post #18 of 22
[quote]Originally posted by g2uhlj
[b]Any Runco owners out there with this new feature?

I have the Vx-6c 2.35:1. Just got it 2 weeks ago. It is truly spectacular. One thing that threw me for awhile was the aspect ratio choices can be a little strange. For instance, to watch an old 4:3 movie you choose "anamorphic" as the scaling is undone by the lens. For anamorphic 16x9 movies you also choose this mode, but for anamorphic 2.35:1 movies you chose cinewide. But, in most cases I think I got it now, though anyone with any tips/experience would be appreciated! In particular I think there are two different "virtualwide" modes for stretching images, anyone know what the differences are?

All in all, when watching a good anamorphic 2.35:1 DVD on cinewide, this system just blows me away.
post #19 of 22
Thread Starter 
I'm jealous...the vx-6c is my dream projector but I can't afford it. I like the 1024p output which would eliminate screen door. Still I am thrilled with the 5000d with the Isco-3 lens. Hard to complain about that combo.

I don't know if it's my eyes or what, but I went from a Da-Lite screen to a Stewart. The difference exceeded my wildest expectations. Better blacks, contrast, etc. The blackout felt certainly helps a lot too.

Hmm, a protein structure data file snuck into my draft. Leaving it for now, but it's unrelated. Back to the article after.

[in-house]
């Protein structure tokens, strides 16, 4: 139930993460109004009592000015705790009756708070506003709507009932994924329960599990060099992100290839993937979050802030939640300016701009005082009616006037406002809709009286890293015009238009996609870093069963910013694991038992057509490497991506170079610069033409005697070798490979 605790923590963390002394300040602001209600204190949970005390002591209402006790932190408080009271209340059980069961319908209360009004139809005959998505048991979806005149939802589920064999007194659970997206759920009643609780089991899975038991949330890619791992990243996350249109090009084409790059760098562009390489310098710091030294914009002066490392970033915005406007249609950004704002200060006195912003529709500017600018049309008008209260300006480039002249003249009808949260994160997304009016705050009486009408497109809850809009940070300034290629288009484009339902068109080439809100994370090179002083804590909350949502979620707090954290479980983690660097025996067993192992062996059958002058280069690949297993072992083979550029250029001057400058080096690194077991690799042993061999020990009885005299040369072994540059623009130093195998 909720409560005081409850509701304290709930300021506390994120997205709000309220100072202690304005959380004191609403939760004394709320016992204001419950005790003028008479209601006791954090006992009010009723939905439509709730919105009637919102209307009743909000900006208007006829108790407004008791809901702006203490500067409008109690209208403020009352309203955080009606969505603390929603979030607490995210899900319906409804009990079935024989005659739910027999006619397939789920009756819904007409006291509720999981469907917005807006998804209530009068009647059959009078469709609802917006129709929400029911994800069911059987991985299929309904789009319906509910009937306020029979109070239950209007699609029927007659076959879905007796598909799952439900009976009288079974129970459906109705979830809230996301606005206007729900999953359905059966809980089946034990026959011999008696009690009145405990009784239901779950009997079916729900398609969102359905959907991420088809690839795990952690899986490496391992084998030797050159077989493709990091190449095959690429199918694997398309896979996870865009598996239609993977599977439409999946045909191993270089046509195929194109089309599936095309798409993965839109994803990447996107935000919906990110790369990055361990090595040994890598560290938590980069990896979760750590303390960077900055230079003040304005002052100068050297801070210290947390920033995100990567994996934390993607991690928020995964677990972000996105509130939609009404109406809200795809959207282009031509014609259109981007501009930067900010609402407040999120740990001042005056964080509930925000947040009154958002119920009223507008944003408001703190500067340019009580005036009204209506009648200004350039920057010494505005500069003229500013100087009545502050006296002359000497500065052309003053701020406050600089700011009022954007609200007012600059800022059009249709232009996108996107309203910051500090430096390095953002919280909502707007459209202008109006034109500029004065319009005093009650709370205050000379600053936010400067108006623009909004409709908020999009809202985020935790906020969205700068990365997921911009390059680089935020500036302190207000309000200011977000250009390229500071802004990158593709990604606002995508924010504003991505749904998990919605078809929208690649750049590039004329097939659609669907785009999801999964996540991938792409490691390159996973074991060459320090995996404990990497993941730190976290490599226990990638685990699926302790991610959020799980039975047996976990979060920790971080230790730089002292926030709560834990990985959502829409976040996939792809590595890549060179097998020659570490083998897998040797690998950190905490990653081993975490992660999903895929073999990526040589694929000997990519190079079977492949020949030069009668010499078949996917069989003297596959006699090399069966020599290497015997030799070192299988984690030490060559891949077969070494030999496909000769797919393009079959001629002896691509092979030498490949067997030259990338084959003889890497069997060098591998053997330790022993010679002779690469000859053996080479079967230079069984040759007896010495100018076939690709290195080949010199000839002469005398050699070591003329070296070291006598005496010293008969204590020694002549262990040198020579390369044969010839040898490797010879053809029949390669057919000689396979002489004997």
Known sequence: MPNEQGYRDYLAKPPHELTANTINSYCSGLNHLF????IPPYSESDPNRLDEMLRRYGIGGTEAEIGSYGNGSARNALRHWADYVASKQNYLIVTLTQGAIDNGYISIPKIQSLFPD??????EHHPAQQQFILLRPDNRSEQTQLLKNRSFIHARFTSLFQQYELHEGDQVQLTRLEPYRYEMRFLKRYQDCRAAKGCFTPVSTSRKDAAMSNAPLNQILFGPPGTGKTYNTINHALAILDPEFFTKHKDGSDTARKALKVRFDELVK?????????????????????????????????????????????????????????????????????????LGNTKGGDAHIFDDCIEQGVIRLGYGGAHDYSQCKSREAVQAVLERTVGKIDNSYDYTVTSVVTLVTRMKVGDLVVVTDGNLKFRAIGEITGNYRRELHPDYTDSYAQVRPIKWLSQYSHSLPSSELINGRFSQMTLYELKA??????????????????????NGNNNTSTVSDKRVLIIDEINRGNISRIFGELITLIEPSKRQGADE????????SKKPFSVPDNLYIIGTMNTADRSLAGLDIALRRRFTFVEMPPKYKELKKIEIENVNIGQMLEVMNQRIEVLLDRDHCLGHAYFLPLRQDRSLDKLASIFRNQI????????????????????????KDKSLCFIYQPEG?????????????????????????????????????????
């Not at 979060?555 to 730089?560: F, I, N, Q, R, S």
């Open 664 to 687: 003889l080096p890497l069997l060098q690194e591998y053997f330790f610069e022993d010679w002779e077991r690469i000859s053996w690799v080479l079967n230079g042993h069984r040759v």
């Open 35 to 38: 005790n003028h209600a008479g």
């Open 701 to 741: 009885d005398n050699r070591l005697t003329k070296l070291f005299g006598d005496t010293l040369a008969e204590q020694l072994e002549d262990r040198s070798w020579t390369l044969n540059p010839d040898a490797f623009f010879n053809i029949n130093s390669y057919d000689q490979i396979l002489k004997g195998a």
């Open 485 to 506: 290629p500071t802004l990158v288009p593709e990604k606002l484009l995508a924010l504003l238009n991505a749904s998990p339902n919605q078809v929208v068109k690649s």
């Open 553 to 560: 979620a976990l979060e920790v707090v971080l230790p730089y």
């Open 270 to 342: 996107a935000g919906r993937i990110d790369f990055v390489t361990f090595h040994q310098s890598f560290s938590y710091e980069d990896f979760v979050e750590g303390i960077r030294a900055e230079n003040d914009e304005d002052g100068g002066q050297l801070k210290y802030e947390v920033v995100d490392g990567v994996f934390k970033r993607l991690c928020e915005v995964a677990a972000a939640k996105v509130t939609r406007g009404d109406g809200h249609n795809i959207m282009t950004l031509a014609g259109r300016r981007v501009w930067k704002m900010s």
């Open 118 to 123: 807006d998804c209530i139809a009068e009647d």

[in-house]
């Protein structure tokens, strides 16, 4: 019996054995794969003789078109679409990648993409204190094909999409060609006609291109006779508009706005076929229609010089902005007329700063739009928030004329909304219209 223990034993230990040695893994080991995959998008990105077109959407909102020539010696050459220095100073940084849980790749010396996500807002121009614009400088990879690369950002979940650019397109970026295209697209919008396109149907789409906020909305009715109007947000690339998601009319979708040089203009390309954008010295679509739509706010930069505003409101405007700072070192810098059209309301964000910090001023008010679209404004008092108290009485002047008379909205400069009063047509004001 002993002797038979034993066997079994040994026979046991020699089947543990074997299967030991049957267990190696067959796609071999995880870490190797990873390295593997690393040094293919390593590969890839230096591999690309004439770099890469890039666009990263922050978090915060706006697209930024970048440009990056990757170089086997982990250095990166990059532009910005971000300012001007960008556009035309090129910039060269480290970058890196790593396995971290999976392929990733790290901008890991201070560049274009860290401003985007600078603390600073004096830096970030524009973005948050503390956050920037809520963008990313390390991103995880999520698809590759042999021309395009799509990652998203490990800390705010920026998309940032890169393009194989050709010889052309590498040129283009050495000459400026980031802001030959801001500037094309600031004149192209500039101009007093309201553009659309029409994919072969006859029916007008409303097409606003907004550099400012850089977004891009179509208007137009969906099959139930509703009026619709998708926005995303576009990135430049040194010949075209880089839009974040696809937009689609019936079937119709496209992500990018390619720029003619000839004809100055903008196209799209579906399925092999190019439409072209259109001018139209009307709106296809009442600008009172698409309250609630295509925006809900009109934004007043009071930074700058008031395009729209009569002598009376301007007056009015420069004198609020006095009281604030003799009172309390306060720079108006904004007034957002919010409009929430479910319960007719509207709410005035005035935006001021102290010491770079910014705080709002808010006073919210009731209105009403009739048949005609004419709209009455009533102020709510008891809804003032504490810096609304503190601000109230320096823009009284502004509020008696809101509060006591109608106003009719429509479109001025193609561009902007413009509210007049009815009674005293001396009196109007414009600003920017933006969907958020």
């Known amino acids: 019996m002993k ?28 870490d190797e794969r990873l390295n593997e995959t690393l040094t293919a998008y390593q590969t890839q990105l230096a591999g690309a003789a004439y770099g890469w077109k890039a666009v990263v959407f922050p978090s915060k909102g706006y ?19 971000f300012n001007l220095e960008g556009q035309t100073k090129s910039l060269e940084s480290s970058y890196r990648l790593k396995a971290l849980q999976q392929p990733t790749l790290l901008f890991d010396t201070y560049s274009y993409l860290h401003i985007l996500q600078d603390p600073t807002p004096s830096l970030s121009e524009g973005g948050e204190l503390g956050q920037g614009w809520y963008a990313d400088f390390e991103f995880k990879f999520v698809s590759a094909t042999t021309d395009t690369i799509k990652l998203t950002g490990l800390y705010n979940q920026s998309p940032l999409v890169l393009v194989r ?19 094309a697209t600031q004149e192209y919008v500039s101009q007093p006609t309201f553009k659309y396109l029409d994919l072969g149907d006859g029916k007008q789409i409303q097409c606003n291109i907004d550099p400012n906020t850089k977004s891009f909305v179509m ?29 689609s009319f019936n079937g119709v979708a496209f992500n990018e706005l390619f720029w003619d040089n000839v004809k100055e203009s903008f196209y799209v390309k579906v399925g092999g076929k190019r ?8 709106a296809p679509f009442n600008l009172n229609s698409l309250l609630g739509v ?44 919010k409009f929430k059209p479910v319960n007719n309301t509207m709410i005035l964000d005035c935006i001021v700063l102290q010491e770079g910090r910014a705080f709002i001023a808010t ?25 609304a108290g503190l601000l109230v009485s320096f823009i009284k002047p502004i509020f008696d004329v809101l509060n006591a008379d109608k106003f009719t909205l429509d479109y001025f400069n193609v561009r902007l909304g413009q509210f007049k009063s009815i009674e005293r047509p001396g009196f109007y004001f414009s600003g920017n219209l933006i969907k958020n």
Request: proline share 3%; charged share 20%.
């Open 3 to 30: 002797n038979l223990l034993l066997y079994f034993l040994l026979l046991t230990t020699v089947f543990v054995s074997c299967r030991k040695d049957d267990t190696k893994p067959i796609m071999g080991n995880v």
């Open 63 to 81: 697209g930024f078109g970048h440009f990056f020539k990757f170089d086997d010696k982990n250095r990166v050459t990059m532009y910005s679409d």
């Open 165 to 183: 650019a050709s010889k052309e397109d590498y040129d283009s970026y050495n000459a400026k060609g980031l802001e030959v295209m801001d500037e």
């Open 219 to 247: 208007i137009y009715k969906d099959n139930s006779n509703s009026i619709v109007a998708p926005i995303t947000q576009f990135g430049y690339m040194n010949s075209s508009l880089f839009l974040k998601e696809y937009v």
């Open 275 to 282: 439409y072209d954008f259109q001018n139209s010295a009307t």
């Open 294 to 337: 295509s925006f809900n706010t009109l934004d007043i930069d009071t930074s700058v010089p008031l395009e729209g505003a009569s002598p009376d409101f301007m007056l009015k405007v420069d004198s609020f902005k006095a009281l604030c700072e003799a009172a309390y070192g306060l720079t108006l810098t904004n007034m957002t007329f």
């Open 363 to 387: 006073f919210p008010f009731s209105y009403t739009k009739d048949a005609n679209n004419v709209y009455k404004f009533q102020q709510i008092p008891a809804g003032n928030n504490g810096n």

post #20 of 22
Thread Starter 
thegratingone, what kind of VirtualOptions are listed? My vx5000d has VirtualWide 2.35 which is just 16:9 being stretched, then "Cinema" which is the CineWide ratio. I don't stretch or compress normally, I prefer viewing in the proper AR.
post #21 of 22
The Runco VX2 and scaler with motorized lens at HE2005 looked very good, allowing for show conditions, though it needed calibration. A Stewart screen with variable masking added to the effect nicely.

The problem I have, and it's not necessarily serious for those who watch only DVD, is the lack of resolution. The Qualia is noticeably sharper, with better fill factor, for quite a bit less money (I was quoted $51K and $53K for the Runco). In addition, the Qualia's color rendition with its Xenon bulb is more natural -- much more like a CRT than any digital projector I'm aware of.

But with the Qualia, you don't get a turn key constant height, variable width package as you do with Runco. So, big kudos still to them.
post #22 of 22
Quote:
Originally posted by mhafner
Black level is an issue with the Qualia the same as it is with any other projector that has an On-Off-CR in the 2000:1 region, IF you watch it in a strictly light controlled environment. That's a fact. Claims to the contrary are marketing hype at best...
For the one millionth time, quoting a contrast ratio number is insufficient to tell the whole story. You must SEE the image. The xenon bulb, extra fill, and especially 2K resolution, compensates for that diminished contrast ratio number in ways that are not apparent by simply reading specs. Set up well, on a large enough screen, the Qualia is very close to a G90 in contrast and naturalness, and exceeds it in resolution and edge to edge uniformity.